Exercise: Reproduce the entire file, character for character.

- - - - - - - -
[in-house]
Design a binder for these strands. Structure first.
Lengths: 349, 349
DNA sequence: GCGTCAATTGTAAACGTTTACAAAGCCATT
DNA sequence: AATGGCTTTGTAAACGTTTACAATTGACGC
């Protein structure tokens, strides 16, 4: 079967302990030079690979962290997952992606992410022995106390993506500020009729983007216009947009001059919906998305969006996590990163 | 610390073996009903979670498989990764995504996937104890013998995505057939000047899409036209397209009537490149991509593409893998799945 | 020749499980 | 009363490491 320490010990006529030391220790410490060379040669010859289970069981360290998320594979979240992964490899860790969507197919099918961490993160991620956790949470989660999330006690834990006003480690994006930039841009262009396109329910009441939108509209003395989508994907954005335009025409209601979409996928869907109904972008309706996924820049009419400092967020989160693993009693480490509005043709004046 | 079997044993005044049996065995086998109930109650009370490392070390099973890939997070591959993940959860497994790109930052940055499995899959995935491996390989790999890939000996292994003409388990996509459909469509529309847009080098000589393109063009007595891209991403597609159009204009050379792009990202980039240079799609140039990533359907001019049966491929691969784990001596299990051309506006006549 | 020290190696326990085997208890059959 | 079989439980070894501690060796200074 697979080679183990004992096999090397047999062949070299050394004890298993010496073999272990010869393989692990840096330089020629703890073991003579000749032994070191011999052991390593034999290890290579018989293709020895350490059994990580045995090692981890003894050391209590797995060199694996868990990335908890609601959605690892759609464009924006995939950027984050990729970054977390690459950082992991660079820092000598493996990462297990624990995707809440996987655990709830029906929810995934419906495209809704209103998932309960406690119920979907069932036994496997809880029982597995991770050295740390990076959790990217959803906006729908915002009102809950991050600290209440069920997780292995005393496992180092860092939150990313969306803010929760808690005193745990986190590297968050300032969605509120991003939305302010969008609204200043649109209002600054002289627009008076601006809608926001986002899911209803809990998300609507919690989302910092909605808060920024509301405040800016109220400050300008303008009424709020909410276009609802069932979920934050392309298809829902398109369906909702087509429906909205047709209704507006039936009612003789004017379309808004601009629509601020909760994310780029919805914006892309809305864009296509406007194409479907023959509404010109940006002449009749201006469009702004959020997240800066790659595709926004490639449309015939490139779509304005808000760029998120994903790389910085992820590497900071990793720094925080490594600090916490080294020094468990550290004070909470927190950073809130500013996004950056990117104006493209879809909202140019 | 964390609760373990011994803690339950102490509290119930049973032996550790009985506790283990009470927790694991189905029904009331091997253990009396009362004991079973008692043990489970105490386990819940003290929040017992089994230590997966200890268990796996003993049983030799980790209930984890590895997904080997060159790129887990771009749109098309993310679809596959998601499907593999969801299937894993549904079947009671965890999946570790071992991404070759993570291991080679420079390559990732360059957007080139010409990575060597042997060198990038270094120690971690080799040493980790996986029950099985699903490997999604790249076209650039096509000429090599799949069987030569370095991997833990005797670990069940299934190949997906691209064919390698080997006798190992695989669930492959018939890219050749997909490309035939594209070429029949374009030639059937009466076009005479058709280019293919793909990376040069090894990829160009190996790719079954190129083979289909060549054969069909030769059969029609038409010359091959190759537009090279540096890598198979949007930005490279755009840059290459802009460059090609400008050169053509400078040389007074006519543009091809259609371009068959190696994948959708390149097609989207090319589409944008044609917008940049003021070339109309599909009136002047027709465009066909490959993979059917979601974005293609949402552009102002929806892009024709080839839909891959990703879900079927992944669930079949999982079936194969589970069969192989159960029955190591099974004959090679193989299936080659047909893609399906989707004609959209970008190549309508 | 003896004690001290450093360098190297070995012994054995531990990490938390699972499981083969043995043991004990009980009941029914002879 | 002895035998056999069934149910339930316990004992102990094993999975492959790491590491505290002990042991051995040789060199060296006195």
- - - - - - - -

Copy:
[in-house]
Design a binder for these strands. Structure first.
Lengths: 349, 349
DNA sequence: GCGTCAATTGTAAACGTTTACAAAGCCATT
DNA sequence: AATGGCTTTGTAAACGTTTACAATTGACGC
């Protein structure tokens, strides 16, 4: 079967302990030079690979962290997952992606992410022995106390993506500020009729983007216009947009001059919906998305969006996590990163 | 610390073996009903979670498989990764995504996937104890013998995505057939000047899409036209397209009537490149991509593409893998799945 | 020749499980 | 009363490491 320490010990006529030391220790410490060379040669010859289970069981360290998320594979979240992964490899860790969507197919099918961490993160991620956790949470989660999330006690834990006003480690994006930039841009262009396109329910009441939108509209003395989508994907954005335009025409209601979409996928869907109904972008309706996924820049009419400092967020989160693993009693480490509005043709004046 | 079997044993005044049996065995086998109930109650009370490392070390099973890939997070591959993940959860497994790109930052940055499995899959995935491996390989790999890939000996292994003409388990996509459909469509529309847009080098000589393109063009007595891209991403597609159009204009050379792009990202980039240079799609140039990533359907001019049966491929691969784990001596299990051309506006006549 | 020290190696326990085997208890059959 | 079989439980070894501690060796200074 697979080679183990004992096999090397047999062949070299050394004890298993010496073999272990010869393989692990840096330089020629703890073991003579000749032994070191011999052991390593034999290890290579018989293709020895350490059994990580045995090692981890003894050391209590797995060199694996868990990335908890609601959605690892759609464009924006995939950027984050990729970054977390690459950082992991660079820092000598493996990462297990624990995707809440996987655990709830029906929810995934419906495209809704209103998932309960406690119920979907069932036994496997809880029982597995991770050295740390990076959790990217959803906006729908915002009102809950991050600290209440069920997780292995005393496992180092860092939150990313969306803010929760808690005193745990986190590297968050300032969605509120991003939305302010969008609204200043649109209002600054002289627009008076601006809608926001986002899911209803809990998300609507919690989302910092909605808060920024509301405040800016109220400050300008303008009424709020909410276009609802069932979920934050392309298809829902398109369906909702087509429906909205047709209704507006039936009612003789004017379309808004601009629509601020909760994310780029919805914006892309809305864009296509406007194409479907023959509404010109940006002449009749201006469009702004959020997240800066790659595709926004490639449309015939490139779509304005808000760029998120994903790389910085992820590497900071990793720094925080490594600090916490080294020094468990550290004070909470927190950073809130500013996004950056990117104006493209879809909202140019 | 964390609760373990011994803690339950102490509290119930049973032996550790009985506790283990009470927790694991189905029904009331091997253990009396009362004991079973008692043990489970105490386990819940003290929040017992089994230590997966200890268990796996003993049983030799980790209930984890590895997904080997060159790129887990771009749109098309993310679809596959998601499907593999969801299937894993549904079947009671965890999946570790071992991404070759993570291991080679420079390559990732360059957007080139010409990575060597042997060198990038270094120690971690080799040493980790996986029950099985699903490997999604790249076209650039096509000429090599799949069987030569370095991997833990005797670990069940299934190949997906691209064919390698080997006798190992695989669930492959018939890219050749997909490309035939594209070429029949374009030639059937009466076009005479058709280019293919793909990376040069090894990829160009190996790719079954190129083979289909060549054969069909030769059969029609038409010359091959190759537009090279540096890598198979949007930005490279755009840059290459802009460059090609400008050169053509400078040389007074006519543009091809259609371009068959190696994948959708390149097609989207090319589409944008044609917008940049003021070339109309599909009136002047027709465009066909490959993979059917979601974005293609949402552009102002929806892009024709080839839909891959990703879900079927992944669930079949999982079936194969589970069969192989159960029955190591099974004959090679193989299936080659047909893609399906989707004609959209970008190549309508 | 003896004690001290450093360098190297070995012994054995531990990490938390699972499981083969043995043991004990009980009941029914002879 | 002895035998056999069934149910339930316990004992102990094993999975492959790491590491505290002990042991051995040789060199060296006195």